Rome’s Falling Arches
Denise Sofia, in black spandex sweats, trotted across the busy 20th of September Street and neared the end of her morning jog. Her run had taken her through St. Peter’s Square, along the Tiber River, around the ancient Roman ruins of the Forum and Colosseum.
Sofia doubles as a personal trainer and guide in a new fad in the gigantic tourism trade that floods Italy with millions of visitors every year: “sight-jogging.” Tourists check out the sights as they run past. On this sunny morning, Sofia led a German woman in an hourlong dash over about 5 1/2 miles and 2,000 years of history.
Running is not a bad idea. If Rome’s precious archeological treasures are falling apart as fast as some people fear, tourists had better hurry to see them.
OK, that’s a bit of an overstatement. But the landmarks that define this legendary city are in serious disrepair, the victims of monumental neglect, shrinking budgets and the wear and tear of Mother Nature and heavy-heeled visitors.
Rome’s troubles exceed those found in many other archeologically rich locations because its historic center is not a roped-off museum but a vibrant, congested urban nucleus. People live and work among the ruins. The Circus Maximus, where charioteers once rumbled, is a park for dog-walkers and picnickers. Motor scooters zip under 2,000-year-old arches and cars jostle for space on imperial promenades. It’s not unusual for Romans to have archeological digs in their backyards.
“Rome is still a living place,” Bonnie Burnham, president of the nonprofit World Monuments Fund, said during a recent mission to the Italian capital. Preserving its heritage “presents a special set of contemporary needs and pressures” because of the coexistence of the modern and the ancient.
The Italian government is halfway through a vast, year-long engineering assessment of hundreds of archeological sites in the Eternal City, studying their condition and determining where the most urgent repair work should be done. Visitors to some of the sites could be in danger, officials say.
Using endoscopes and other sensitive machinery, investigators thus far have detected waterlogged foundations, crumbling walls invaded by roots and weeds and fragile tunnels.
“We have a very sick patient,” Angelo Bottini, the state superintendent responsible for all archeological sites, said from his office above the 500-year-old Palazzo Altemps. “We have to determine what is most at risk.”
Recent calamities include:
* A 35-foot wall on the Palatine Hill, where Roman emperors built their lavish villas, collapsed. Fortunately, it fell in the middle of the night and not during the day, when it probably would have crushed tourists.
* Parts of the Colosseum, ancient Rome’s enormous amphitheater, periodically close because of flooding caused by rain. Signs warn visitors to take cover if high winds kick up.
* The breathtaking Golden Palace of Nero, opened to the public with great fanfare a few years ago, was shut down when authorities decided they could no longer guarantee visitors’ safety.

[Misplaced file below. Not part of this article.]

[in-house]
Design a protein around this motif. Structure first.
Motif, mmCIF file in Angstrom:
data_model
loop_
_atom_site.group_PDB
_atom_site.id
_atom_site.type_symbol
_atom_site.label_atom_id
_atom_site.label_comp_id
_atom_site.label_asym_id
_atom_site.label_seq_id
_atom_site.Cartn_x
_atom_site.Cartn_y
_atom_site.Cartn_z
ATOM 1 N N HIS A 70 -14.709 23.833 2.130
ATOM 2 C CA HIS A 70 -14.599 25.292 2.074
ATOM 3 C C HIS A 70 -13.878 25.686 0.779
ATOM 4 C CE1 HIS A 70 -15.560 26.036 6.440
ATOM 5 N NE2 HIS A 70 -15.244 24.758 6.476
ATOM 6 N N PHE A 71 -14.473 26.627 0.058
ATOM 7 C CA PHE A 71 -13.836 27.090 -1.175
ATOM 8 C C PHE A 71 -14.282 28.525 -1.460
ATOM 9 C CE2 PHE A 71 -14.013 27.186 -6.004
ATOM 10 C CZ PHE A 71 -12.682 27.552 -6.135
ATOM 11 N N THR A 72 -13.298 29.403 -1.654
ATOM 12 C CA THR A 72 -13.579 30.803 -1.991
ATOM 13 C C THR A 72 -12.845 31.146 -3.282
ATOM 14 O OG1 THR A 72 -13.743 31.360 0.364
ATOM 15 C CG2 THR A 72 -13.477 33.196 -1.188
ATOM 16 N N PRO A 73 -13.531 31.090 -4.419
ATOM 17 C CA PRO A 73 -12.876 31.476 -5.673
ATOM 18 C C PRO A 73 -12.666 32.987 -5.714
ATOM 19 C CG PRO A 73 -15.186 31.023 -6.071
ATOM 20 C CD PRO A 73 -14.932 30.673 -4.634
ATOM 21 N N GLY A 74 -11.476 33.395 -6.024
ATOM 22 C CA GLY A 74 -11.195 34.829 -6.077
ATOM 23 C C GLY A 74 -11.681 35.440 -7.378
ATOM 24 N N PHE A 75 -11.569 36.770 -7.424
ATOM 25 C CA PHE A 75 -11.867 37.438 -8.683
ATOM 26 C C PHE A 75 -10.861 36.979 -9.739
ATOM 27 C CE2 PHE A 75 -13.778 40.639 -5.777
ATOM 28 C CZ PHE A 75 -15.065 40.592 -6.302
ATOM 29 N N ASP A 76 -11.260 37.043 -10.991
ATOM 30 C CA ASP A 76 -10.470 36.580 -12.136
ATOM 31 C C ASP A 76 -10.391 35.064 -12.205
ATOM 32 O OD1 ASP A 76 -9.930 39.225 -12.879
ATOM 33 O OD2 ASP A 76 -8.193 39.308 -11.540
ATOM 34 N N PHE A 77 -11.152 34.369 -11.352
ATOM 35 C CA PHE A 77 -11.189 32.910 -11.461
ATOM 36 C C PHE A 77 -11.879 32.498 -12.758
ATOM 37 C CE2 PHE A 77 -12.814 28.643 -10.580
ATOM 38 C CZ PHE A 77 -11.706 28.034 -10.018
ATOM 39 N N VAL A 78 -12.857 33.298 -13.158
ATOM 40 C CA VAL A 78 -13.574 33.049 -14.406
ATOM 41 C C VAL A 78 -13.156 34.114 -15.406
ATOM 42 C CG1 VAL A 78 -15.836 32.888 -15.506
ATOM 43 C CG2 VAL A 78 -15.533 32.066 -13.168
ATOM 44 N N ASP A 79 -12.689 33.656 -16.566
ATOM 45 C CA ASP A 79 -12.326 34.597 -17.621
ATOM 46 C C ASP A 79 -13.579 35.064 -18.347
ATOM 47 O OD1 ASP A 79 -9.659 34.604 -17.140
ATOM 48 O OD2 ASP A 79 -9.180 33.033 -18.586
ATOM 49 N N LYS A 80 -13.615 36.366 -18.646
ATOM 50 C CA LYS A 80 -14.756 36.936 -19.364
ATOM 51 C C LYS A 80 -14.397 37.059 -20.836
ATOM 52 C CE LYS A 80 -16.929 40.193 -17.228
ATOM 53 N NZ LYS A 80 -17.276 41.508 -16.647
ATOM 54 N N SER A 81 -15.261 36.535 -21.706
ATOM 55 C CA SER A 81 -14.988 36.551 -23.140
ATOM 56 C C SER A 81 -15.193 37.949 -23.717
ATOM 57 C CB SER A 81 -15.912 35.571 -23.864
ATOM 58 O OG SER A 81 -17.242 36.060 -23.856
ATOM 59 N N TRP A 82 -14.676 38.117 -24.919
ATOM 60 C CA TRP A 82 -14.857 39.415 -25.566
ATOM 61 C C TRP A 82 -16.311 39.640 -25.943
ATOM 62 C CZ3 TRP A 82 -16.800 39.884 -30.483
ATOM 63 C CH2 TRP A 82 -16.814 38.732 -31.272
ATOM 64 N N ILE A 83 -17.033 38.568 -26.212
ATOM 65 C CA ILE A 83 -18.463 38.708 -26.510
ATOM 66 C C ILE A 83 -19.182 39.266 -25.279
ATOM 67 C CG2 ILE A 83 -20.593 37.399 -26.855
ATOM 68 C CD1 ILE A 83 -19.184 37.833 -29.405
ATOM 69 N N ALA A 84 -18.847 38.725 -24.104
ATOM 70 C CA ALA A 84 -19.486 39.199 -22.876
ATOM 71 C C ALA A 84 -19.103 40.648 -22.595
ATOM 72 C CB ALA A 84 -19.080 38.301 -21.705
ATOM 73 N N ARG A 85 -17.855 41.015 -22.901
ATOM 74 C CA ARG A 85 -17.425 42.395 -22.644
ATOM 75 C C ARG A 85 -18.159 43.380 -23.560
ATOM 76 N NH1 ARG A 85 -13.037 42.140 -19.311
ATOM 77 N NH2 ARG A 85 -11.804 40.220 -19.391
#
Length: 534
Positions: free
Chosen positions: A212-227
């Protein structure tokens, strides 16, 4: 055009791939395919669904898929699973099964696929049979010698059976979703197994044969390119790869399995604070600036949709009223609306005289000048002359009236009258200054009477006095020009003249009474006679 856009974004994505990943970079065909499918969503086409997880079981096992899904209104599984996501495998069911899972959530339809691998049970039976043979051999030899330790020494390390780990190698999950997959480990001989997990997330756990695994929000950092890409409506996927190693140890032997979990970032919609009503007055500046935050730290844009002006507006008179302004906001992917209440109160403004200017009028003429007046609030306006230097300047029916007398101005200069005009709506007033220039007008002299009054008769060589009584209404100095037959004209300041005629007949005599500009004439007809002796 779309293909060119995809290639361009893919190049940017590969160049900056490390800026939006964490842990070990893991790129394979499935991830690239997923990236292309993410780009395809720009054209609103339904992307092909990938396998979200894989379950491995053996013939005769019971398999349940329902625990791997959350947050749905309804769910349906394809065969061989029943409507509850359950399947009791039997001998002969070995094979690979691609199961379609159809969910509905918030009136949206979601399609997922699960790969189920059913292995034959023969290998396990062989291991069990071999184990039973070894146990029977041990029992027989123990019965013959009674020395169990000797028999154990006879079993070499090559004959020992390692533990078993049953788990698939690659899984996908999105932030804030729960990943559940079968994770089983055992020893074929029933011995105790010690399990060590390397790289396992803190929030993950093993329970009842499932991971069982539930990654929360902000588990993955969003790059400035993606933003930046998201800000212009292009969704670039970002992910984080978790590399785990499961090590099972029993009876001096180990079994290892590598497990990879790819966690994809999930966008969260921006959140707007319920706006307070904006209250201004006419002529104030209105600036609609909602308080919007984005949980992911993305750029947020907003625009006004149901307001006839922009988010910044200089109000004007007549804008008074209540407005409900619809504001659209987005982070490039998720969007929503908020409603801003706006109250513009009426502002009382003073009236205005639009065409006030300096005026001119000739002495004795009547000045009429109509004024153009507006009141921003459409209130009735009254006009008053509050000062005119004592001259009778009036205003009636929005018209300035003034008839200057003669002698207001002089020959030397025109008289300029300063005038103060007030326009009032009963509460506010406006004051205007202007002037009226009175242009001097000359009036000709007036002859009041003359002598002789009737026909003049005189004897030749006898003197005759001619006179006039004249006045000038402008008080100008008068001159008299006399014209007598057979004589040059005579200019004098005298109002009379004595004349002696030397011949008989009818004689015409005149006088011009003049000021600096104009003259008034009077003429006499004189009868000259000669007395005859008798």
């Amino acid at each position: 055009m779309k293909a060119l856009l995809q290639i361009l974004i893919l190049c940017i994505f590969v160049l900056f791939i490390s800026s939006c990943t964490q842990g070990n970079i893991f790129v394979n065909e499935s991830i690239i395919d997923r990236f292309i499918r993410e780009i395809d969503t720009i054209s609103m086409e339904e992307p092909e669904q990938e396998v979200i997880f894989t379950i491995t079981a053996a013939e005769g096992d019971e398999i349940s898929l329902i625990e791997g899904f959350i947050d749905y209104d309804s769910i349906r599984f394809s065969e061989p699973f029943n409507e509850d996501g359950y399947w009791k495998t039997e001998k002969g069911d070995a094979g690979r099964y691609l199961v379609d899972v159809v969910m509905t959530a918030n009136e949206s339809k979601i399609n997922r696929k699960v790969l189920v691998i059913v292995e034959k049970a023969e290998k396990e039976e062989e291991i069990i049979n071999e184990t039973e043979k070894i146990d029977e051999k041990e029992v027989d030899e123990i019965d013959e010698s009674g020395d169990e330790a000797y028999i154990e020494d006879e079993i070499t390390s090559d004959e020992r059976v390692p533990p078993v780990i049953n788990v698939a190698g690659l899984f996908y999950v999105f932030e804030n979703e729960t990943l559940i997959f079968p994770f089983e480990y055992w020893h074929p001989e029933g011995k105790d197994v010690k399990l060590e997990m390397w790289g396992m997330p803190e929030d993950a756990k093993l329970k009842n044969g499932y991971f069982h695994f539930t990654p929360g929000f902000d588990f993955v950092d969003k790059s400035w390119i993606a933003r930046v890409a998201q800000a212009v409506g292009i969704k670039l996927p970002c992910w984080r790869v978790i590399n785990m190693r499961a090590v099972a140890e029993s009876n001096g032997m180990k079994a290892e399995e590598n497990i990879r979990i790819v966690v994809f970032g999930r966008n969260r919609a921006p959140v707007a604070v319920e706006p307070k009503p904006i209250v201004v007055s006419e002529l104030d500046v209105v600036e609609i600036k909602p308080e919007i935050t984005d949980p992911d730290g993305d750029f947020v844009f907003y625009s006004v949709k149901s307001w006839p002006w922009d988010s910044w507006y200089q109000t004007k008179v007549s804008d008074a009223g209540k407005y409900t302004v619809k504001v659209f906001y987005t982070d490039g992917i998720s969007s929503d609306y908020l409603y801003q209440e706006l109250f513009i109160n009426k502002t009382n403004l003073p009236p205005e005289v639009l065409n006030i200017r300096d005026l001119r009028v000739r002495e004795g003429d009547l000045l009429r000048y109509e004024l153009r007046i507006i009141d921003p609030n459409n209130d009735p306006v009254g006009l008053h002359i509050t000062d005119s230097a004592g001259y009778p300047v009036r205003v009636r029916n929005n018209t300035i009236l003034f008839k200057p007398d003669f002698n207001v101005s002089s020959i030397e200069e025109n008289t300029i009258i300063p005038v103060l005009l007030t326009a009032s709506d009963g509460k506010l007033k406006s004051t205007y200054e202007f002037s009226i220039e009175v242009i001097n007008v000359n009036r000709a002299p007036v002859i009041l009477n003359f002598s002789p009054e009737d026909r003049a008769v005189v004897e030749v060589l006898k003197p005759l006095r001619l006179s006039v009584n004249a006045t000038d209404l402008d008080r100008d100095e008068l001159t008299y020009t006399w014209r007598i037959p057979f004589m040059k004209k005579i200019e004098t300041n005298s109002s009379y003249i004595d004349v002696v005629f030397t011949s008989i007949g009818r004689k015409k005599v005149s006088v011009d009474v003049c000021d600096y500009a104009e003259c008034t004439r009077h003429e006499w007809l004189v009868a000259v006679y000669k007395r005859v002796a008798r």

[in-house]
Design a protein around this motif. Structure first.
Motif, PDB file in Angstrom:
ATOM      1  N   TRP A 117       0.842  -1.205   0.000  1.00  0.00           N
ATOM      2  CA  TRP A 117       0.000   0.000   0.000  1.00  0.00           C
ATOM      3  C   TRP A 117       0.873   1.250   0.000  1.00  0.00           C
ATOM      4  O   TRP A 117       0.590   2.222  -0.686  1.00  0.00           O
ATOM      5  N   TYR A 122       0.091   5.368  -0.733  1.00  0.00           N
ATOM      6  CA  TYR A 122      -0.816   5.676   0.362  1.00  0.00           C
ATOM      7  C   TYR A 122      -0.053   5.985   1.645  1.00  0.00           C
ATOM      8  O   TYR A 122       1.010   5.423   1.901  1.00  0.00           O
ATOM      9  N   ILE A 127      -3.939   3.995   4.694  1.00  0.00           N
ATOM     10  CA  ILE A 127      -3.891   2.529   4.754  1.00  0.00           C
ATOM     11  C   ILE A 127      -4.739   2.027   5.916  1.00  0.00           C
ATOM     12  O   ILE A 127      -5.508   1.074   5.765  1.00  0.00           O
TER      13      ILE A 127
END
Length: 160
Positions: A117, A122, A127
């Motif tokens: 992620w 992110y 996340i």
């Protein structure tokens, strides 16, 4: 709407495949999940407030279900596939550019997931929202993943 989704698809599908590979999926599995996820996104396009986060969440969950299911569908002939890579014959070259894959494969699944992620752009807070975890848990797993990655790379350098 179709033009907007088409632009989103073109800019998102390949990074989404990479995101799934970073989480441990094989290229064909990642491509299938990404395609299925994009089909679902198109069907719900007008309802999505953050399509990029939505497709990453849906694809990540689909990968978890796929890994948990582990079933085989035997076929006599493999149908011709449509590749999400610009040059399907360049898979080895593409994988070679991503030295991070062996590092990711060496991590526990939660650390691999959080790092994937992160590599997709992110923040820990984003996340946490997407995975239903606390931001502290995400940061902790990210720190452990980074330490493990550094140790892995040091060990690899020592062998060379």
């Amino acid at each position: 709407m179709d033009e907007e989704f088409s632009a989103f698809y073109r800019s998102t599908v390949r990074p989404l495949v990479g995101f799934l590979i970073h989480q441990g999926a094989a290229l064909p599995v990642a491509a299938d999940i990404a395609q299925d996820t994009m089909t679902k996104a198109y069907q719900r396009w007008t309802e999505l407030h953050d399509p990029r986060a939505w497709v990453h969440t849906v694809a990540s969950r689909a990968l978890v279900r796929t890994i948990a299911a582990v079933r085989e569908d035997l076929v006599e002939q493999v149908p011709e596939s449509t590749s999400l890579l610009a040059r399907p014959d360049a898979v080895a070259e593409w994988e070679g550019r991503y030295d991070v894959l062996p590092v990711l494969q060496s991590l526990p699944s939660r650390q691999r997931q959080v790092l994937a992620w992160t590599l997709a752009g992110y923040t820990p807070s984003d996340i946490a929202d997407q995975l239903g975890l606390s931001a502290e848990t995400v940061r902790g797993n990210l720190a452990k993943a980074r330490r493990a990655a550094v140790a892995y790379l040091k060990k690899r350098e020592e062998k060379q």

* The Castel Sant’Angelo, the ancient papal fortress overlooking the Tiber River that was built about AD 135-139 as a mausoleum for Emperor Hadrian, is in a shocking state of dilapidation. The leading Italian newspaper, Corriere della Sera, caused an embarrassing stir last year when it reported peeling frescoes, pocked walls and faulty wiring, judging the building to be on the verge of collapse.
* The private Protestant Cemetery, resting place of the great Romantic poets Shelley and Keats, among other notables through the centuries, was in fast decline until the World Monuments Fund and the Bulgari jewelry dynasty stepped in a couple of months ago to help.
Italian cultural authorities sometimes give the impression of having a finger in the dike, rushing from one crisis to another as they plug the holes in the country’s vast archeological patrimony.
The biggest problem is money. Even though Italy earns billions of dollars from its archeological attractions, the budget for the Culture Ministry has been slashed steadily over the last five years as part of overall cost-cutting measures the government said were necessary. Today, funds allocated to the ministry are a tiny fraction of the government’s budget.
Traditionally, the responsibility for maintaining and restoring Italy’s priceless patrimony rested with the papacy, royalty and wealthy notables. But today, it lies with the government; consequently, it has been difficult to raise donations among individuals because they don’t see conservation efforts as their duty. And the sheer amount of precious art and artifacts has left many Italians blase. Yet advocates say bringing in money from the private sector is key to solving the problem.
One nonprofit organization, CittaItalia, launched a fundraising campaign last year that it hoped would break through the indifference, using pictures of Michelangelo’s sculptural masterpiece the David minus a leg and Pisa without the Leaning Tower. “Without your help,” the campaign slogan goes, “Italy could lose the very jewels that make the country unique in the world.”
CittaItalia says donations are up, but figures won’t be released until the end of June.
In addition to money, consciousness also needs to be raised, advocates say -- among indifferent Italians and clueless foreign visitors alike.